Camp William Penn
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President Abraham Lincoln issued the Emancipation Proclamation in September of 1862. Effective January 1st the following year, it freed the slaves in states still in rebellion against the Union. No longer a war just to preserve a Union that tolerated slavery, the Civil War was now a war of emancipation.

But the Emancipation Proclamation was also a military measure.

Robert Engs is a history professor at the University of Pennsylvania:

"It was clear that there was this resource of manpower in the free blacks, especially in the slaves."
"So you accomplish two took away the hands and feet of the South who are producing the food that enabled so many more white men to go into war...the slaves and then at the same time you increased the number of soldiers in your army."

Northern reaction to the Proclamation was mixed...many whites resisted the idea of arming blacks. That was the case in Philadelphia. So hundreds of black Philadelphians, eager to fight in the war, joined regiments in Massachusetts...leaving the city at night or in small groups to avoid confrontation.

But by the spring of 1863, large-scale recruitment began in earnest. Civilian associations like the all-black Philadelphia Committee to Recruit Colored Troops lent a hand...distributing thousands of this one...urging African-American men to seize the golden moment.

Robert Engs:

If we love our country, if we love our families, our children, our homes, we must strike now while the country calls. Cannot we leave our homes and swell the hosts of the Union, save our liberties, vindicate our manhood and deserve well of our country?

On the rural outskirts of Philadelphia, in what's now Cheltenham Township, Camp William Penn opened to the sound of stomping feet in June 1863. Black men came from Philadelphia, and as far away as Canada, ready to serve.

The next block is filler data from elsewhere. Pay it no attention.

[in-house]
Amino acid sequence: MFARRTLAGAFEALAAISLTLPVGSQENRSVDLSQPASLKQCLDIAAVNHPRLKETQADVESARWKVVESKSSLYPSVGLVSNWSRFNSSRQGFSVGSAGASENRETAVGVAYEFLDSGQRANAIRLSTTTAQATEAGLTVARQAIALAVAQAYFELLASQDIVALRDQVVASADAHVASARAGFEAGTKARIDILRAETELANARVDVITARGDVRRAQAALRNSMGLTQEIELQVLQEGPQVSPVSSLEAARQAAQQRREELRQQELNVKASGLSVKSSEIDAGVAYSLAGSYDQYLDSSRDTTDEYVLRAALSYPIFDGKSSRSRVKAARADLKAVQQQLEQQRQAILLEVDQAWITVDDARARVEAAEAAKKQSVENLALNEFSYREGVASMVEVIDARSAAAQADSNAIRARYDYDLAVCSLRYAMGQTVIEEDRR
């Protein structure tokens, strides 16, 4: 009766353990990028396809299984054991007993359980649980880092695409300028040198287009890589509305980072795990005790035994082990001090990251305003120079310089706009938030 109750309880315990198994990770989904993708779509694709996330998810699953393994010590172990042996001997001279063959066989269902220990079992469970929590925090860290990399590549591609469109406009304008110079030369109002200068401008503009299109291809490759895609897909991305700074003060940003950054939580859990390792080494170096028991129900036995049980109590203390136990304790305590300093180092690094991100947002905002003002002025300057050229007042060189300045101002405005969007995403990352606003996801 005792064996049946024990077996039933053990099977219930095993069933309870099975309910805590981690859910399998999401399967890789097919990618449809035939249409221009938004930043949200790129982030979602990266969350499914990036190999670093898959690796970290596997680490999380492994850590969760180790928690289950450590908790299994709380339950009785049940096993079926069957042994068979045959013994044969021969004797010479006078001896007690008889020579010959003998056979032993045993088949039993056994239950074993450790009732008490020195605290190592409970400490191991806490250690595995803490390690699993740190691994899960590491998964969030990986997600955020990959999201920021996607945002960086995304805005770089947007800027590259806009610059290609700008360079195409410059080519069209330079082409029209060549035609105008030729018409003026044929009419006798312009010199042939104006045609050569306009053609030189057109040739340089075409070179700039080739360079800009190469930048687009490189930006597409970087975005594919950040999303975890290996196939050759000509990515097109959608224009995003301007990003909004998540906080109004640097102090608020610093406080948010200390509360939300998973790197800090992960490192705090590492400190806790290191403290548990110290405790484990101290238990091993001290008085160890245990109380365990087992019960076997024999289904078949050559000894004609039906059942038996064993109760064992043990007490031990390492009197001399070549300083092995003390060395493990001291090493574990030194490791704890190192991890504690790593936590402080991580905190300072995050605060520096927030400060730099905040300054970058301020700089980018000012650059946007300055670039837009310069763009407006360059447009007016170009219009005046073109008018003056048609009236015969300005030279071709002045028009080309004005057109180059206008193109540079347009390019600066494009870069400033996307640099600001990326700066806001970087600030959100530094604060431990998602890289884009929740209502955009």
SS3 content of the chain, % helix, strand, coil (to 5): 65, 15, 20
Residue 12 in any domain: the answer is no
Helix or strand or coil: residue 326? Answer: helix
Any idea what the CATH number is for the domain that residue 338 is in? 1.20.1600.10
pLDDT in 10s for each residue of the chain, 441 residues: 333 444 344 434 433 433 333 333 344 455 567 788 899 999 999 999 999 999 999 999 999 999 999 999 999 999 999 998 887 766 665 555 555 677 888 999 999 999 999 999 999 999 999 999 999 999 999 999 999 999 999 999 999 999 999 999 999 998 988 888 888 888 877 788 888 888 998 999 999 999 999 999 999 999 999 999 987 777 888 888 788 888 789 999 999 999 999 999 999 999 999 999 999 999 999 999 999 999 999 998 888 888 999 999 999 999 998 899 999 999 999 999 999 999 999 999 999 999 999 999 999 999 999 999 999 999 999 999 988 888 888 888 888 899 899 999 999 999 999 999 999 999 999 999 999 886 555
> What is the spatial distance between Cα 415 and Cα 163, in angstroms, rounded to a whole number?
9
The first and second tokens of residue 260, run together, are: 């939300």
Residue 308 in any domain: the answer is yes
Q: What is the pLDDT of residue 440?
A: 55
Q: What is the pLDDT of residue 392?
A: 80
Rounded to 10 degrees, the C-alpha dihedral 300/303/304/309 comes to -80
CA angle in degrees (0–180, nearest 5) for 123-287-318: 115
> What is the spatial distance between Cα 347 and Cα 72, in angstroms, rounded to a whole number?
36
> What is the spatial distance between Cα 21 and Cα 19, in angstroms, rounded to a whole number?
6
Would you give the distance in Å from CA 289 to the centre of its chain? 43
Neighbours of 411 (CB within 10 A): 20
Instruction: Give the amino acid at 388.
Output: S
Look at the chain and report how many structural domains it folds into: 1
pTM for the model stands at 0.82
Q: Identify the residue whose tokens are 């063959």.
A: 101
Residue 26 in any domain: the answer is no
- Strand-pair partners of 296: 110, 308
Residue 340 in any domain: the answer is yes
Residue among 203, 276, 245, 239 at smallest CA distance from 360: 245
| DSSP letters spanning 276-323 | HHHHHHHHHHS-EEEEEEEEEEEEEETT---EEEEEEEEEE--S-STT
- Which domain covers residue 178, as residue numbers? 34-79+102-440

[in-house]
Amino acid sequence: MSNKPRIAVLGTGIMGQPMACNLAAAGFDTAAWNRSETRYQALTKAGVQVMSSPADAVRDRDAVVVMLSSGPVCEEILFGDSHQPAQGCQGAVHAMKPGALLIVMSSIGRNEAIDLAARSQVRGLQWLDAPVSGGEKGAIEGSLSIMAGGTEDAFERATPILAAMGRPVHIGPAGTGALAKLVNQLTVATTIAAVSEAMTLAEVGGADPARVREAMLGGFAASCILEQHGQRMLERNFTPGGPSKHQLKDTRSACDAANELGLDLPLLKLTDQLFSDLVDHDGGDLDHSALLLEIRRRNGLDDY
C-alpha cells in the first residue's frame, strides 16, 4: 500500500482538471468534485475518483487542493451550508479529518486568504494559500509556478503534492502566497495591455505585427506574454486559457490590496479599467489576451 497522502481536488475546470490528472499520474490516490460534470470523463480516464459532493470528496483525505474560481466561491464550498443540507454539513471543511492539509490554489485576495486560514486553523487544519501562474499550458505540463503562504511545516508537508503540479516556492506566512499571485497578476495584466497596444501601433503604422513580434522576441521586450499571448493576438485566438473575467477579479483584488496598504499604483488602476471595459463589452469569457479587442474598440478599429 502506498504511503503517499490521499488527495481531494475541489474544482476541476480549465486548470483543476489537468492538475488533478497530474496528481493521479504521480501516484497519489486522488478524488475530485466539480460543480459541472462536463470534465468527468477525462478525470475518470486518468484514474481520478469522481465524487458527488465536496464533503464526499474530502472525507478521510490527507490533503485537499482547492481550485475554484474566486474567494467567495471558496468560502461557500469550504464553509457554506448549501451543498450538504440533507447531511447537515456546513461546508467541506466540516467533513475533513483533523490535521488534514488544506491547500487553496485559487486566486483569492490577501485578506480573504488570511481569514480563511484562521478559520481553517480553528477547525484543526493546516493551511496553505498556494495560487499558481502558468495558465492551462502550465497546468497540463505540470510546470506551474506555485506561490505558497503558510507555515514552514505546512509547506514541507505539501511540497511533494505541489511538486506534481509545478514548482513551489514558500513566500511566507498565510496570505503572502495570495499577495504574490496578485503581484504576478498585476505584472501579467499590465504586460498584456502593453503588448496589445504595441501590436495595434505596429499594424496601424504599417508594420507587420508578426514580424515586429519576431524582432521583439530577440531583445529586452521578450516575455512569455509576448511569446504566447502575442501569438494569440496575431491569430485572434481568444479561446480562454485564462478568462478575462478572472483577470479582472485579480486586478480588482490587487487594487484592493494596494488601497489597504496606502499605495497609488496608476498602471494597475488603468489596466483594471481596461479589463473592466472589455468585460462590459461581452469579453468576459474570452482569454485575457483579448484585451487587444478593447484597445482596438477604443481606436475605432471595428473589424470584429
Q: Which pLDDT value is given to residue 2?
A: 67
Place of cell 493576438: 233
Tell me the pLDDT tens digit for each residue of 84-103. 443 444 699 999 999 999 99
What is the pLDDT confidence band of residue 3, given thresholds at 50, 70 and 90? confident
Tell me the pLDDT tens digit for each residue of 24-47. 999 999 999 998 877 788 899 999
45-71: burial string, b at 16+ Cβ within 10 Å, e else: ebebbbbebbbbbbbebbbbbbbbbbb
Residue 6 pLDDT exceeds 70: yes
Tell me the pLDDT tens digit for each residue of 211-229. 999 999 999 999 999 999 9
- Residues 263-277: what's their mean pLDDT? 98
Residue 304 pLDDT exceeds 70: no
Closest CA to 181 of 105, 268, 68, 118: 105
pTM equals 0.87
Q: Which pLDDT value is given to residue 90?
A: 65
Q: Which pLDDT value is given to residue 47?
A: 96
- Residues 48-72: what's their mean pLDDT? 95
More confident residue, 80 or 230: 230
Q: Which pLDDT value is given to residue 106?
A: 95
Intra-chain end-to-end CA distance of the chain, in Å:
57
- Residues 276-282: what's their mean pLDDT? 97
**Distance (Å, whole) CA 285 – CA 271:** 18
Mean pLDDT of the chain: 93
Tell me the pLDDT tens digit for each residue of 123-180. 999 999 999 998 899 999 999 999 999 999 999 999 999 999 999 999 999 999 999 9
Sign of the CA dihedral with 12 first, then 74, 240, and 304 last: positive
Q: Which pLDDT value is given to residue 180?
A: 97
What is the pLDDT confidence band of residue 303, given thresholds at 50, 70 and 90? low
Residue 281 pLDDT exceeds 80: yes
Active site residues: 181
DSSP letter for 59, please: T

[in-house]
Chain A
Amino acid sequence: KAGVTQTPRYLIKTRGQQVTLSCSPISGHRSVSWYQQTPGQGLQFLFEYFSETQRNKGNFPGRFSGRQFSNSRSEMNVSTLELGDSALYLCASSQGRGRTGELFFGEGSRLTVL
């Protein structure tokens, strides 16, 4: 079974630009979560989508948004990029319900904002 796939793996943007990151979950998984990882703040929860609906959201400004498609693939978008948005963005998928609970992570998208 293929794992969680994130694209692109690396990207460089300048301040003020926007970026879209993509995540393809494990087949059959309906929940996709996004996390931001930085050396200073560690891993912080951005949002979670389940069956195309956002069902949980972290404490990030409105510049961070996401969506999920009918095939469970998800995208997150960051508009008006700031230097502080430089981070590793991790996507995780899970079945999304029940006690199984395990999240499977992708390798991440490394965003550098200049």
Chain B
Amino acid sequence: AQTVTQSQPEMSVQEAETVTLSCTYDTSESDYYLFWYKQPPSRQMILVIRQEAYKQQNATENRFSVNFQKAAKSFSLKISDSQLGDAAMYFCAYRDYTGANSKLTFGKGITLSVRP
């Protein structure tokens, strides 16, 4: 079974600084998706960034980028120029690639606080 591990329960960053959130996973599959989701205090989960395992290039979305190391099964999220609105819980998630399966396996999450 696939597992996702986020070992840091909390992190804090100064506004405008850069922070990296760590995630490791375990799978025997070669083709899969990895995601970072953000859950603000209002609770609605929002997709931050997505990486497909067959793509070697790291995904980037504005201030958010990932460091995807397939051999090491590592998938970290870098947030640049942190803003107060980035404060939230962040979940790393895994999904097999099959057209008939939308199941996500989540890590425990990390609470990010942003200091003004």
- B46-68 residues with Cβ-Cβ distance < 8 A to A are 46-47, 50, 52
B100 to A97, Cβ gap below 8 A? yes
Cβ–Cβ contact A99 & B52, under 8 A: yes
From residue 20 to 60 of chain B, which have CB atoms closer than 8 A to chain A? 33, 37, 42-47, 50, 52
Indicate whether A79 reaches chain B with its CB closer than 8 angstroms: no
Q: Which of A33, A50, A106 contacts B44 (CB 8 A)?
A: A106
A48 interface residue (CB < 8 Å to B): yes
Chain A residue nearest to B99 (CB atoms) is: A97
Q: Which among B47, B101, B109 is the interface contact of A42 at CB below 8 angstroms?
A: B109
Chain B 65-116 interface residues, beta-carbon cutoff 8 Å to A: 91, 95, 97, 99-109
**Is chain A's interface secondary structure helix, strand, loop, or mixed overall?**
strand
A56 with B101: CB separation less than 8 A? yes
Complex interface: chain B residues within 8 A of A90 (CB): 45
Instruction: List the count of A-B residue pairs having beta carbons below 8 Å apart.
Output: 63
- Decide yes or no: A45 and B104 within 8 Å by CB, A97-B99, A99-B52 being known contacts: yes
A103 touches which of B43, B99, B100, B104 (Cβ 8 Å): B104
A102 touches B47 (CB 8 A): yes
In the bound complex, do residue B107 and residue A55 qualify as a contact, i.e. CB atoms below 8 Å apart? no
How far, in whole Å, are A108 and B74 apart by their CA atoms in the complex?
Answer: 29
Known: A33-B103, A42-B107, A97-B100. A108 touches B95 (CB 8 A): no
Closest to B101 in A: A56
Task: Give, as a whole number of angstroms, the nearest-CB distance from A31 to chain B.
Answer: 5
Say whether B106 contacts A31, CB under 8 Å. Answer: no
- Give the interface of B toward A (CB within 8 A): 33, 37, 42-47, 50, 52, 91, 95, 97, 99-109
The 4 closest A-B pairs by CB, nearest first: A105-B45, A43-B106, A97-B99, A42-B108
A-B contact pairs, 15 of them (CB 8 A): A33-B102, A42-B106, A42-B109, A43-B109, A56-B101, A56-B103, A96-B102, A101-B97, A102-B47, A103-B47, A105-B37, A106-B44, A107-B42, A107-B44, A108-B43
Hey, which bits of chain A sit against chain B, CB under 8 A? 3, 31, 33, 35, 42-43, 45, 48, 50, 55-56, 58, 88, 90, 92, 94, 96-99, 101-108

James Paradis is a history professor at Arcadia University in Glenside, Pennsylvania. He's standing on a pebble driveway, sandwiched between two houses...what was once the entrance of Camp William Penn. Dwarfed by an overgrown hedge...a black iron gate and pocked stone wall are all that remain of the camp today.

James Paradis:

"It is somewhat difficult to picture what it was like here because you have houses and traffic and everything...but if you let your imagination can see that this would be a busy...I feel like stepping out of the way to let the wagons go by."

Most outsiders who visited the camp saw discipline and harmony. Recruits marched for hours in the morning and drilled again in the afternoon...crisscrossing the parade ground. From the Philadelphia Inquirer, July 1863:

James Paradis:

"Nearly four full companies of colored men, enlisted for the war, are there, fully equipped for service, and busily perfecting themselves, with all the apt docility of their race, in the mysteries of the school of the soldier. Scarcely more than a week has now elapsed since that enterprise was begun, yet its first fruits are already apparent."

But the Camp had its share of missteps. Black troops got about half the monthly pay of white troops in other camps. And blacks...with few exceptions...could not be officers in the Union army. Again, James Paradis:

"Here they were all the enlisted men were black and all the officers were white. It's almost like being on the plantation with white overseers again. So there was that tension that was never completely resolved."

There was conflict off the Camp as well.... Blacks were either barred completely from the streetcars in Philadelphia or forced to stand at the front. A white clergyman wrote about one dispute....involving two Camp William Penn soldiers who entered an empty car...the last one of the evening. The conductor saw them and ordered the men to get out.

James Paradis:

One of the soldiers replied, "We want to reach the train to get out to camp tonight." "I can't help that, you can't ride on this car," was the answer. As the men did not move at once, the conductor put them off. The men, without resistance, but with indignation they could not express, were forced from the platform.
"So frequently the men would get into town and not be able to get back out to Camp in a timely fashion."

Again, Robert Engs:

"So they were charged with being absent without leave and put on court-martial. And sometimes the punishments were far out of proportion with the fact that they were simply late because some of them charged with desertion because they didn't get back within a couple of hours when they were supposed to be."

Having faced racial prejudice within their own army, eleven regiments...over 10,000 black soldiers...marched out of Camp William Penn by the end of the Civil War. They fought on battlefields not only for the Union cause, but in the name of equality.
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